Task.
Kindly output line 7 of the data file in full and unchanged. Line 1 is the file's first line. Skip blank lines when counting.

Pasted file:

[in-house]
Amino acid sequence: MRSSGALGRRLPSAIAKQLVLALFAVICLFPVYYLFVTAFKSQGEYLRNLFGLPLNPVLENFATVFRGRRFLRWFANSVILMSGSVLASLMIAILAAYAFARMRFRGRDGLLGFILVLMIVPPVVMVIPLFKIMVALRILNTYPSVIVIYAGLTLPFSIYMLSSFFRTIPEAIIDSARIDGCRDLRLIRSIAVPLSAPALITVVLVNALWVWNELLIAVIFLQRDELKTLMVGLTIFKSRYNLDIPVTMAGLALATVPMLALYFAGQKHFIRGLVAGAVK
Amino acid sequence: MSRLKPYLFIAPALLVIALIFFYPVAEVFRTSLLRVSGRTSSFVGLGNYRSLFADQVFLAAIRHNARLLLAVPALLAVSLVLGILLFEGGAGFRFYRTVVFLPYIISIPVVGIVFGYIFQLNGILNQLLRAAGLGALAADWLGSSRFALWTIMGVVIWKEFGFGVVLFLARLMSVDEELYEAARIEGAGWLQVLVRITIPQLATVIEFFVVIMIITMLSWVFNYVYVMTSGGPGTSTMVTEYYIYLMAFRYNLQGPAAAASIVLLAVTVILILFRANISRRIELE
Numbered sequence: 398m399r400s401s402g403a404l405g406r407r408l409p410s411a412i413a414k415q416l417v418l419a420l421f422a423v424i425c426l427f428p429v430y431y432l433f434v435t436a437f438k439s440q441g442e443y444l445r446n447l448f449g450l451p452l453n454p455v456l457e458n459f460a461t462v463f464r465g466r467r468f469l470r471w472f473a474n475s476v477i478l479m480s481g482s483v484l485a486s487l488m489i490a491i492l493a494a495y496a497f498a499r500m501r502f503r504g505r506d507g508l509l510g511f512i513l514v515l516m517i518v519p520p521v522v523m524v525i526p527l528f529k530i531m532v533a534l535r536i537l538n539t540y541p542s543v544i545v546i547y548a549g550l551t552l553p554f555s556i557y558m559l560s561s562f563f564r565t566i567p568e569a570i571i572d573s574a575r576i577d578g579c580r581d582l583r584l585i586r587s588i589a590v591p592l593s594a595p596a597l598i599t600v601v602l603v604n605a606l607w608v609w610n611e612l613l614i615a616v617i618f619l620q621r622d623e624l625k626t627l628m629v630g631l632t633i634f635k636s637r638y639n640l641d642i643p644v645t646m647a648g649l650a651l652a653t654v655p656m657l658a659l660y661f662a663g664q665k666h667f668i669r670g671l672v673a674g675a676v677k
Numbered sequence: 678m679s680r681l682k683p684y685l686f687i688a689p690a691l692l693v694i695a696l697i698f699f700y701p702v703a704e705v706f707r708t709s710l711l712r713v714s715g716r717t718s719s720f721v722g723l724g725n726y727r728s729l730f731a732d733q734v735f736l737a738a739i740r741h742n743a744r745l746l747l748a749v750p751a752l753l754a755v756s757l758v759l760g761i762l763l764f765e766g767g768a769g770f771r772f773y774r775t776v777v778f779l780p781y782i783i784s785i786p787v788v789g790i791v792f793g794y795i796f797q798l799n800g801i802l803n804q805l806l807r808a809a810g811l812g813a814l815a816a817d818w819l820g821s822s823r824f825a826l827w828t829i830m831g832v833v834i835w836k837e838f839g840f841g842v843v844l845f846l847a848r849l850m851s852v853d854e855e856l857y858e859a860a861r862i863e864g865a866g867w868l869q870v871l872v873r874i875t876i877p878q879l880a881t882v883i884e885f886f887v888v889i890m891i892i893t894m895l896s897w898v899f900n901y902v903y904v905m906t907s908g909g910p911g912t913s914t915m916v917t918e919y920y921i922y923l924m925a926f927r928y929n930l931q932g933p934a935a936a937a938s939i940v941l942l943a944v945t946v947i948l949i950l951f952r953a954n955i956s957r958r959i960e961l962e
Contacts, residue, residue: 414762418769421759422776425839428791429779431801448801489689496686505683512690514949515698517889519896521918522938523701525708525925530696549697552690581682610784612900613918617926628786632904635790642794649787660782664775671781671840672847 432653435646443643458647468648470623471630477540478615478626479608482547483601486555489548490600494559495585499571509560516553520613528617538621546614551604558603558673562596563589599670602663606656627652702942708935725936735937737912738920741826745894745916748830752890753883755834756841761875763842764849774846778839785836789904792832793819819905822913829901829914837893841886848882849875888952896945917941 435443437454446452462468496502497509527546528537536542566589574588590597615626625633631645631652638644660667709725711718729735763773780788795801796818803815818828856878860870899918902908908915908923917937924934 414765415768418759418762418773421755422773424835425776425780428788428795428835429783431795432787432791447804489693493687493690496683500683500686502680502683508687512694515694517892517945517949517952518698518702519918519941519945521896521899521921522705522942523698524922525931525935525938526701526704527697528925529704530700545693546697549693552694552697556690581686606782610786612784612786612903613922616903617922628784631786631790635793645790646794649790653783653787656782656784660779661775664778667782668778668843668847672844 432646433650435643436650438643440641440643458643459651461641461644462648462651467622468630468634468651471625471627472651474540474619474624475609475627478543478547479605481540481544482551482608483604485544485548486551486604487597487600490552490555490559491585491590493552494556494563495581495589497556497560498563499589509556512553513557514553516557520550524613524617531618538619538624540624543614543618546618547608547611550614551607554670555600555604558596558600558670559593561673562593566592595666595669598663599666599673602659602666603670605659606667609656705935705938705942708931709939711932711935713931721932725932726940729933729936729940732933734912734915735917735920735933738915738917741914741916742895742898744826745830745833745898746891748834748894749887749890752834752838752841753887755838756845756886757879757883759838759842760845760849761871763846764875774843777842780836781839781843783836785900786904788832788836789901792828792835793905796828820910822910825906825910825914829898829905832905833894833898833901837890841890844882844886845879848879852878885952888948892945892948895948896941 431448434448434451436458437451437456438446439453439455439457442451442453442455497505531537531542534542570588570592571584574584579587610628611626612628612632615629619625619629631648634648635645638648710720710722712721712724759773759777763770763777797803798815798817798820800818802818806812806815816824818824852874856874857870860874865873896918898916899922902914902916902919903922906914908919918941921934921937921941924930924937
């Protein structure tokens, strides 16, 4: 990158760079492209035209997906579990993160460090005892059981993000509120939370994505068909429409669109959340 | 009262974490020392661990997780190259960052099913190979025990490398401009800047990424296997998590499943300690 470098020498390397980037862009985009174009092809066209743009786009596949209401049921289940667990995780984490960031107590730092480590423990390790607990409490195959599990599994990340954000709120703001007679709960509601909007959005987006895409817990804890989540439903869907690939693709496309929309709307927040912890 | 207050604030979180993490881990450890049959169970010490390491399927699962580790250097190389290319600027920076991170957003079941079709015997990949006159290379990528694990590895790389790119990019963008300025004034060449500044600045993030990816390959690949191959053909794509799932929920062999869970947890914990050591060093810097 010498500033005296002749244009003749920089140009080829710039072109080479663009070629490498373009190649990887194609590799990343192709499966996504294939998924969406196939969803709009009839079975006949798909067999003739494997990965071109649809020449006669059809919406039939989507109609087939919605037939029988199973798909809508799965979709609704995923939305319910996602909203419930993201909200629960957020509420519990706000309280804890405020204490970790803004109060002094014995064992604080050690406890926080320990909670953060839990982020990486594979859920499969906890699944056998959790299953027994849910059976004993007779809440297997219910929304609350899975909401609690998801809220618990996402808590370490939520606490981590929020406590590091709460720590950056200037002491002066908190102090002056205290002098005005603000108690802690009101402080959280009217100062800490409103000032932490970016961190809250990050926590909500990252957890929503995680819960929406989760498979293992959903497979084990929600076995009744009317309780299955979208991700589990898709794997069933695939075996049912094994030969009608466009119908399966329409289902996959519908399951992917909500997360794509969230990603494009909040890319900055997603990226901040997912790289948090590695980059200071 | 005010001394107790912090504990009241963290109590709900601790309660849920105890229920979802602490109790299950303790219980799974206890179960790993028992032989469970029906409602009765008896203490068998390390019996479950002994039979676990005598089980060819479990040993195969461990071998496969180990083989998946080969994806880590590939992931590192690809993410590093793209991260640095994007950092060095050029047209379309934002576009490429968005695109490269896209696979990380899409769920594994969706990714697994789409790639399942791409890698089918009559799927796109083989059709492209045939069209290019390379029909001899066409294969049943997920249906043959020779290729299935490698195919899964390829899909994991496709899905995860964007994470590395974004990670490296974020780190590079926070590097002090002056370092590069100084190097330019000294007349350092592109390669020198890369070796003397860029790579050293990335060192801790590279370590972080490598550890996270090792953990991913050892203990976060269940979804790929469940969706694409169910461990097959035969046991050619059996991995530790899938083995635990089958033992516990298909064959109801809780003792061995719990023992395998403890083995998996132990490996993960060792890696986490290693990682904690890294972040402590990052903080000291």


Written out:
């Protein structure tokens, strides 16, 4: 990158760079492209035209997906579990993160460090005892059981993000509120939370994505068909429409669109959340 | 009262974490020392661990997780190259960052099913190979025990490398401009800047990424296997998590499943300690 470098020498390397980037862009985009174009092809066209743009786009596949209401049921289940667990995780984490960031107590730092480590423990390790607990409490195959599990599994990340954000709120703001007679709960509601909007959005987006895409817990804890989540439903869907690939693709496309929309709307927040912890 | 207050604030979180993490881990450890049959169970010490390491399927699962580790250097190389290319600027920076991170957003079941079709015997990949006159290379990528694990590895790389790119990019963008300025004034060449500044600045993030990816390959690949191959053909794509799932929920062999869970947890914990050591060093810097 010498500033005296002749244009003749920089140009080829710039072109080479663009070629490498373009190649990887194609590799990343192709499966996504294939998924969406196939969803709009009839079975006949798909067999003739494997990965071109649809020449006669059809919406039939989507109609087939919605037939029988199973798909809508799965979709609704995923939305319910996602909203419930993201909200629960957020509420519990706000309280804890405020204490970790803004109060002094014995064992604080050690406890926080320990909670953060839990982020990486594979859920499969906890699944056998959790299953027994849910059976004993007779809440297997219910929304609350899975909401609690998801809220618990996402808590370490939520606490981590929020406590590091709460720590950056200037002491002066908190102090002056205290002098005005603000108690802690009101402080959280009217100062800490409103000032932490970016961190809250990050926590909500990252957890929503995680819960929406989760498979293992959903497979084990929600076995009744009317309780299955979208991700589990898709794997069933695939075996049912094994030969009608466009119908399966329409289902996959519908399951992917909500997360794509969230990603494009909040890319900055997603990226901040997912790289948090590695980059200071 | 005010001394107790912090504990009241963290109590709900601790309660849920105890229920979802602490109790299950303790219980799974206890179960790993028992032989469970029906409602009765008896203490068998390390019996479950002994039979676990005598089980060819479990040993195969461990071998496969180990083989998946080969994806880590590939992931590192690809993410590093793209991260640095994007950092060095050029047209379309934002576009490429968005695109490269896209696979990380899409769920594994969706990714697994789409790639399942791409890698089918009559799927796109083989059709492209045939069209290019390379029909001899066409294969049943997920249906043959020779290729299935490698195919899964390829899909994991496709899905995860964007994470590395974004990670490296974020780190590079926070590097002090002056370092590069100084190097330019000294007349350092592109390669020198890369070796003397860029790579050293990335060192801790590279370590972080490598550890996270090792953990991913050892203990976060269940979804790929469940969706694409169910461990097959035969046991050619059996991995530790899938083995635990089958033992516990298909064959109801809780003792061995719990023992395998403890083995998996132990490996993960060792890696986490290693990682904690890294972040402590990052903080000291």